Yogi in uniform: Wisconsin's Fumagalli relies on Yoga as means to improve play
No Badger has more than three receiving touchdowns this season.Image By: Brandon Moe
On any given Sunday night, it’s likely you’ll see senior tight end Troy Fumagalli walking down the streets of Madison with a yoga mat, heading to a yin class. Although almost all of the Wisconsin faithful recognize Fumagalli on the field as Alex Hornibrook’s go-to receiver, most wouldn’t recognize him with his yoga mat as someone with a passion for practicing yoga.
“I’ve been practicing yoga since I got to campus [as a freshman],” Fumagalli said. “I’ve been so stiff and focused on weight lifting, things like that. I started to really understand when I got here that flexibility and mindfulness are really important too.”
Practicing yoga has allowed Fumagalli to become more in touch with his body and understand how flexibility impacts his game. Local instructor Bekah Gant, who does not work with Fumagalli, still understands the benefits of lower impact yoga, such as yin, for football players.
“Football players get a bit more mind-body awareness,” Gant said. “They’re doing a lot of that on the field where they’re moving pretty quickly, but we’re adding a bit of stability — like here’s what it feels like to be in your body. With a slower paced practice, you’re working into muscle groups that you probably don’t access as much on the field.”
Fumagalli agrees, stating that the benefits of yoga have impacted his performance, helping him develop into a more healthy, versatile player.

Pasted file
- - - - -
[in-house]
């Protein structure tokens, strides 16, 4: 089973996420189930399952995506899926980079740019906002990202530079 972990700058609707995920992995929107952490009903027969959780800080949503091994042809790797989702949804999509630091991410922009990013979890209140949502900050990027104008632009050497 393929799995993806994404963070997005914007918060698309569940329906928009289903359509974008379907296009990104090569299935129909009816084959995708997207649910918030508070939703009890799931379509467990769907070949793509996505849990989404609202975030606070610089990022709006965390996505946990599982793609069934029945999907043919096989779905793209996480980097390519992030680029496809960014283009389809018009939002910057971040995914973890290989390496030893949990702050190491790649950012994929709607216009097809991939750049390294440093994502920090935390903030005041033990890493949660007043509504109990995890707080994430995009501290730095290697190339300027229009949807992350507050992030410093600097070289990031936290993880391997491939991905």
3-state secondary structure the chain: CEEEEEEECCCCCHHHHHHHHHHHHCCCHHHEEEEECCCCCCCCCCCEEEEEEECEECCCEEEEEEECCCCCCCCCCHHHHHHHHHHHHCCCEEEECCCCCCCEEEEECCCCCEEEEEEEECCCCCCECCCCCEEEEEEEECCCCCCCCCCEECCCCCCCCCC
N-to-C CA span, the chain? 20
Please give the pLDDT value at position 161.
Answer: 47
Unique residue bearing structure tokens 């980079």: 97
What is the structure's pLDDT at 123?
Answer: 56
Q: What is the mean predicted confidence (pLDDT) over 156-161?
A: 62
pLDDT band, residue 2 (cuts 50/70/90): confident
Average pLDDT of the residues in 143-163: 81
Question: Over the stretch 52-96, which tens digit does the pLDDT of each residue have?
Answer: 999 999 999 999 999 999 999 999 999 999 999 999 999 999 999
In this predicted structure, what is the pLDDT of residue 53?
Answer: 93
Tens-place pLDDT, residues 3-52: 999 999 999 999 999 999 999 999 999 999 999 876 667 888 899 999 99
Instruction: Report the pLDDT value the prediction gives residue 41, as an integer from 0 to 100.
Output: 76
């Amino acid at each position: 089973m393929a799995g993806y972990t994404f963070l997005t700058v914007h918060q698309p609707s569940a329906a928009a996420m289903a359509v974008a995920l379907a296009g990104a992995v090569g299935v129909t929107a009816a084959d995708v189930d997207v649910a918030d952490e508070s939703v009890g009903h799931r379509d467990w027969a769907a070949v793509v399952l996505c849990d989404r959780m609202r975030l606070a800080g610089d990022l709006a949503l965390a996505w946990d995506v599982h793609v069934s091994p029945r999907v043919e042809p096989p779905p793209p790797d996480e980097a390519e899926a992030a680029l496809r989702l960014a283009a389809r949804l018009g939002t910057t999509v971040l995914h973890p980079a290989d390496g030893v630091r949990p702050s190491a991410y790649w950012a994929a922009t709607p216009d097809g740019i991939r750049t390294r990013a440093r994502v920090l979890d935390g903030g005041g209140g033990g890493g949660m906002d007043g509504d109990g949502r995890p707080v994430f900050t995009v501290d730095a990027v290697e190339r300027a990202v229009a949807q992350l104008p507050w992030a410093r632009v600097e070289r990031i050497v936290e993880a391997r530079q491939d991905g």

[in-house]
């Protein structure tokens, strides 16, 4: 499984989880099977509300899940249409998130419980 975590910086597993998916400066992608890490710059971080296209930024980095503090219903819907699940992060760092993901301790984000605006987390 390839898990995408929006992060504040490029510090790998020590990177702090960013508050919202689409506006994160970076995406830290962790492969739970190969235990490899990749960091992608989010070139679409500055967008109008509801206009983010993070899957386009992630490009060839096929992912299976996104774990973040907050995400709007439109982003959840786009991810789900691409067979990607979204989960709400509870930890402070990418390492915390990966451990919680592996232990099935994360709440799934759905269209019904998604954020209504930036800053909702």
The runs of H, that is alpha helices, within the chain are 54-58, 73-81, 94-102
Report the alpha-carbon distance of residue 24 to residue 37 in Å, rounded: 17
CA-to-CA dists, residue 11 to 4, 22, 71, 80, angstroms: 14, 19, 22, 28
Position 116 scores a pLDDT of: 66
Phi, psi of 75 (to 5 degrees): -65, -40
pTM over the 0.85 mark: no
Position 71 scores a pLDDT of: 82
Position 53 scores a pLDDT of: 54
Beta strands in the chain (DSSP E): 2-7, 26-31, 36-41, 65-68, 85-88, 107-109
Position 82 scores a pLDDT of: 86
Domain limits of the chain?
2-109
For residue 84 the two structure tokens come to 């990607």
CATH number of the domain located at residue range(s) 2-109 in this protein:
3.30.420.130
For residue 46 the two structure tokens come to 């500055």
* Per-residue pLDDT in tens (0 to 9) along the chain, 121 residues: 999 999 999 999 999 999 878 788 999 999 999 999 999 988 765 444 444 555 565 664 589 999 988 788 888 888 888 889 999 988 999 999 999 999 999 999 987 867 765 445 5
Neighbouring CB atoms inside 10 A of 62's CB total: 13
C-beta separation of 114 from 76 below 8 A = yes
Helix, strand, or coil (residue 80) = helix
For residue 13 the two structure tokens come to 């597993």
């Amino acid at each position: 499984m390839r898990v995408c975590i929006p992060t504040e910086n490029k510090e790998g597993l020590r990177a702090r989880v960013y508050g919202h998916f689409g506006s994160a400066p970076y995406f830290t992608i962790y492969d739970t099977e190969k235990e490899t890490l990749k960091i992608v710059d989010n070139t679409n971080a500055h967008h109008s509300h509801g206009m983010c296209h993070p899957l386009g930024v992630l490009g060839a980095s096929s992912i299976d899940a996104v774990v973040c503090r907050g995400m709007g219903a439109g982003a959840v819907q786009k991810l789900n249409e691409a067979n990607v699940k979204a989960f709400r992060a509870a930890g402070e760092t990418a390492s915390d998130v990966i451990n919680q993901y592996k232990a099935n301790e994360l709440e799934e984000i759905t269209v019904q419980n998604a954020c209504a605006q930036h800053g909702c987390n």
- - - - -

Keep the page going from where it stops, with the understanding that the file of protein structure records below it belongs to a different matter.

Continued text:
“It’s really helped me out,” the tight end said. “First of all, staying healthy, I think that’s the biggest thing. Being flexible and limber and being able to move well. I’ve really seen myself grow in my flexibility and balance too.”
That flexibility and balance has been on full display, as the 6-foot-6, 248-pound Fumagalli has become a matchup nightmare for defensive coordinators around the country due to his ability to run routes and make catches that many smaller players simply can’t.
Brady Greco, a former professional athlete who now teaches yoga at multiple studios in the area, has seen firsthand how Fumagalli’s dedication to yoga has helped him to improve his game.
“It’s really helped [Fumagalli] with the mental aspect of things,” Greco said. “He’s putting together the three biggest pieces, the mind-body-breath connection, and is becoming more aware of how his own body works. This practice allows Troy to become a little more flexible and helps with his presence of mind.”
Fumagalli is not the only Wisconsin athlete who has bought into the benefits of yoga. Redshirt senior golfer Aya Johnson says her whole team practices yoga once or twice a week in season and two-to-four times a week during the offseason.
“The biggest benefit of yoga for golf is probably the balance, core work, stretching and the mental benefits,” Johnson said. “It’s almost a sort of meditation when we go to yoga because in order to do the poses, you have to have a lot of focus, similar to when we’re on the golf course.”
Gant says that Johnson’s golf team is not the only team she sees in her studio to reap the benefits of yoga.
“We have quite a few athletes come into [our studio], we have whole teams come in for strength and conditioning that they wouldn’t normally get in their sport,” Gant said. “I’ve seen the golf, tennis and volleyball teams all come in recently.”
Fumagalli thinks seeing other athletes in the studio is a huge positive and wants to spread the word about how beneficial it is.
“I would definitely recommend [practicing yoga] to other athletes. I think it would do wonders for them,” Fumagalli said. “I actually got [Matt Miller, a quality control coach at UW] into it and I usually go to classes with him.”
Fumagalli stated that yoga allowed him to be less singularly focused. Getting his mind to focus on something besides solely football was a big part of why he continues to attend yoga classes.
“When you leave that class you’re calm,” Fumagalli said. “The mindfulness and peacefulness is great.”Subscribe to The Daily Cardinal Newsletter